A recent study finds the often “inaccurate” and “incomplete” informed consent process engaged in by transgender industry clinicians is propped up by the activist “alarmist” narrative whereby parents are told their failure to approve their child’s transgender medical treatments could likely result in his or her suicide.
In the study published in the Journal of Sex & Marital Therapy, Dr. Stephen B. Levine, of the Department of Psychiatry at Case Western Reserve University, and his colleagues note the “unprecedented rise in the numbers of children and adolescents seeking gender transition” in under a decade.
In “Reconsidering Informed Consent for Trans-Identified Children, Adolescents, and Young Adults,” Levine et al state that what is known as “gender-affirmative care,” i.e., social, medical, and surgical interventions in response to gender dysphoria, is “still based on very low-quality evidence.”
“The many risks of these interventions, including medicalizing a temporary adolescent identity, have come into a clearer focus through an awareness of detransitioners,” they assert, adding that while the lack of high-quality evidence for the success of these interventions should demand a comprehensive informed consent about their “risks and long-term outcomes,” the process is restricted by “erroneous professional assumptions; poor quality of the initial evaluations; and inaccurate and incomplete information shared with patients and their parents.”
While the researchers’ goal is to improve the informed consent process for parents, their children, and clinicians, they cite clear obstacles, one of which is the high level of transgender ideology activism that has been allowed to influence medical issues, including the initial mental health evaluations:
The poor quality of mental health evaluations has been a point of significant discontent for a growing number of parents of gender-dysphoric youth. Increasingly, parents have formed dozens of support groups in North America, Europe, Australia and New Zealand, united in their objections to the idea that the best or the only treatment for their gender-dysphoric children is affirmation (Genspect, 2021). These distressed parents, recognizing that their son or daughter may eventually decide to present to others as a trans person, want a psychotherapeutic investigation to understand what contributed to the development of this identity and an exploration of noninvasive treatment options. Frequently, they cannot find anyone in their community who does not recommend immediate affirmation.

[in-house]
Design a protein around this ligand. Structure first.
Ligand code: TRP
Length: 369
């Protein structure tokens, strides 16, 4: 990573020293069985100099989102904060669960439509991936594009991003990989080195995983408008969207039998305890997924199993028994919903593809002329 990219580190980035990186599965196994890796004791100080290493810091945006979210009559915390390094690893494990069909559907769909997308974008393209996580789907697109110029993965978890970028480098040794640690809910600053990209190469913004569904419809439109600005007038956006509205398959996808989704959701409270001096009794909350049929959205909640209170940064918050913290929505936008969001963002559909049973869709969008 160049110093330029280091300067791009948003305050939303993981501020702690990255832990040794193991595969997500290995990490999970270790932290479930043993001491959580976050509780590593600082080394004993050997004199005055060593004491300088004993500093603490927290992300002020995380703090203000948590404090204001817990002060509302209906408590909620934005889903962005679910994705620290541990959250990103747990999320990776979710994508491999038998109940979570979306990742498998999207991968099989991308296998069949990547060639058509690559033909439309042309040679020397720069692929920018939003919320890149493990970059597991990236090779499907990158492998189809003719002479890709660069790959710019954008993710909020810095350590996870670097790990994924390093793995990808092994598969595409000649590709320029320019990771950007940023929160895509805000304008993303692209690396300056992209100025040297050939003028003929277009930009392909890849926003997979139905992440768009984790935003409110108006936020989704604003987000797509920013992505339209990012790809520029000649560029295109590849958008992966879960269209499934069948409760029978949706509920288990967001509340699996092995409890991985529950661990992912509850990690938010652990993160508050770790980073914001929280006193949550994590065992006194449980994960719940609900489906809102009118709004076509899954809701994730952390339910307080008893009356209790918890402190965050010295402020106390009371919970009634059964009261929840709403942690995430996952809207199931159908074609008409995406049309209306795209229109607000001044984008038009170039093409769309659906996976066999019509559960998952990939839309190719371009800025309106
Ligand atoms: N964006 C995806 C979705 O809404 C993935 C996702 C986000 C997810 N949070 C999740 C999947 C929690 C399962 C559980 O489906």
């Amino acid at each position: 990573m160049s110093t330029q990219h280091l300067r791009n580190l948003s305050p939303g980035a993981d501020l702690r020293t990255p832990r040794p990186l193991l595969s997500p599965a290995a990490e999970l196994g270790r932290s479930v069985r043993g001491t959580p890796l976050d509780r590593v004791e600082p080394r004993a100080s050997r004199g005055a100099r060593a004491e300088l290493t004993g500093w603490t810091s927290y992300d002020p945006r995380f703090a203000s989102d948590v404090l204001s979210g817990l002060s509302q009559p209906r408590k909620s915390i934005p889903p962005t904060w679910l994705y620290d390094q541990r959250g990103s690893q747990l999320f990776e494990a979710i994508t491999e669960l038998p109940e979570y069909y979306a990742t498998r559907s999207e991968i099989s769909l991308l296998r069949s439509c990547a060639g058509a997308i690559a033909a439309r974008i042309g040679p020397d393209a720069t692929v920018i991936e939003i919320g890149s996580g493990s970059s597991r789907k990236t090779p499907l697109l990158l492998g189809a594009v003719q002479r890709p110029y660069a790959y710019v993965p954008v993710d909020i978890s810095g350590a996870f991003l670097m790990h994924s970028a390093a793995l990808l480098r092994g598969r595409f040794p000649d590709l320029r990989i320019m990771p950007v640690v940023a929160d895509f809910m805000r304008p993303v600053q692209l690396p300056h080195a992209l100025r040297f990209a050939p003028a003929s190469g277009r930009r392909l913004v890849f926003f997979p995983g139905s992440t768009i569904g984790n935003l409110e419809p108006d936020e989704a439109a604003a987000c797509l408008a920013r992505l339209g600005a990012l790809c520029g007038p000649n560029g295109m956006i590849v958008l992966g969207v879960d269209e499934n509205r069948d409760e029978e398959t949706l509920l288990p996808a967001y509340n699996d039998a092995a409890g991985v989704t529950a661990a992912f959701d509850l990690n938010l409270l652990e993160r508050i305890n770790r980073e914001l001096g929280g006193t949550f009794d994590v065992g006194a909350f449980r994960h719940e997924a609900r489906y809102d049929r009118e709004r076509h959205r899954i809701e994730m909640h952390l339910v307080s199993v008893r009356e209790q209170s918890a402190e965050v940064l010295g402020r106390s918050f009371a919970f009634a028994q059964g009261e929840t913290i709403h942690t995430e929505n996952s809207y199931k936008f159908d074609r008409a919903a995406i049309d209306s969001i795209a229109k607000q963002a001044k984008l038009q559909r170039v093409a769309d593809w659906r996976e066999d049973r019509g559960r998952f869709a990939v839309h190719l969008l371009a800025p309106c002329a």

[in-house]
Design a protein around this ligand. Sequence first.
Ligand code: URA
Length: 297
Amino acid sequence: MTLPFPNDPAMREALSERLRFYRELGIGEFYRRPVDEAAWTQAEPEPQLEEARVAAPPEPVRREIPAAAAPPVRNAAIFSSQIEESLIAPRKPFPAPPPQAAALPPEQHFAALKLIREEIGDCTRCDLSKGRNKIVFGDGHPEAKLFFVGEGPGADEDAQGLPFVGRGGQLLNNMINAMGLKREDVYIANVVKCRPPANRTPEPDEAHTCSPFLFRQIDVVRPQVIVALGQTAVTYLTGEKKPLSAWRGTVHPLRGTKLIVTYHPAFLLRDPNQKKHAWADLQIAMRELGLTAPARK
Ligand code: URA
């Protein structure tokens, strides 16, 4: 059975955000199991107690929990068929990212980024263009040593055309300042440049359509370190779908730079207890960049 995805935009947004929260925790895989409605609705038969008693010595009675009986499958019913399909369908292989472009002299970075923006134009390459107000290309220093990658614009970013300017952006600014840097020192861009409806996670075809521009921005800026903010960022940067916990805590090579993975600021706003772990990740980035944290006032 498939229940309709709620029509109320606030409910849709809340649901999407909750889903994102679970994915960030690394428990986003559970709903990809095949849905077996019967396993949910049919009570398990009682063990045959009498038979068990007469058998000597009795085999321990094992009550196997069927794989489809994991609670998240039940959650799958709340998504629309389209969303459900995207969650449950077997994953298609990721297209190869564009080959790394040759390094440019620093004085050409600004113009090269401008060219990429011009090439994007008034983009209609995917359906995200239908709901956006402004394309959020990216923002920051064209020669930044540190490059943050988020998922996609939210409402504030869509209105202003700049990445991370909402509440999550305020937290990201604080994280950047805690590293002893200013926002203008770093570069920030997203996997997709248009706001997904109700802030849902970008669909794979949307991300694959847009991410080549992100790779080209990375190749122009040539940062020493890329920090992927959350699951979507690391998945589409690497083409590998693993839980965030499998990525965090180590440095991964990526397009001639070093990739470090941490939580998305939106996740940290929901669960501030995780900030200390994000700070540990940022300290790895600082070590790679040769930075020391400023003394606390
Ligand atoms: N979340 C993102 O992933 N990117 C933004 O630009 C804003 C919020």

Perhaps an area that is finally receiving more attention has been what appears to be transgender activist-induced fear in parents that pushes them to be immediately “gender-affirming,” or else risk a child who commits suicide.
“The question of suicide is inappropriately handled,” Levine et al write:
Suicide among trans-identified youth is significantly elevated compared to the general population of youth (Biggs, 2022; de Graaf et al., 2020). However, the “transition or die” narrative, whereby parents are told that their only choice is between a “live trans daughter or a dead son” (or vice-versa), is both factually inaccurate and ethically fraught. Disseminating such alarmist messages hurts the majority of trans-identified youth who are not at risk for suicide. It also hurts the minority who are at risk, and who, as a result of such misinformation, may forgo evidence-based suicide prevention interventions in the false hopes that transition will prevent suicide.
“The ‘transition or die’ narrative regards suicidal risk in trans-identified youth as a different phenomenon than suicidal risk among other youth,” Levine and his colleagues note. “Making them an exception falsely promises the parents that immediate transition will remove the risk of suicidal self-harm.”
🚨 New infographic with @TrevorProject! 🚨
— NIHCM (@NIHCMfoundation) July 28, 2022
Levine et al point to “biased online samples that rely on self-report” that have warned of an “alarmingly high risk of suicide.” Among the reporters of such “evidence” is The Trevor Project, an LGBTQ activist organization that was recently cited in an interview by transgender U.S. Assistant Secretary for Health Dr. Rachel (born Richard) Levine at National Public Radio (NPR).
The Biden top health official claimed there is “no argument among medical professionals – pediatricians, pediatric endocrinologists, adolescent medicine physicians, adolescent psychiatrists, psychologists, et cetera – about the value and the importance of gender-affirming care,” which includes puberty-blocking drugs, cross-sex hormones, and surgeries, such as elective double mastectomies, for young people.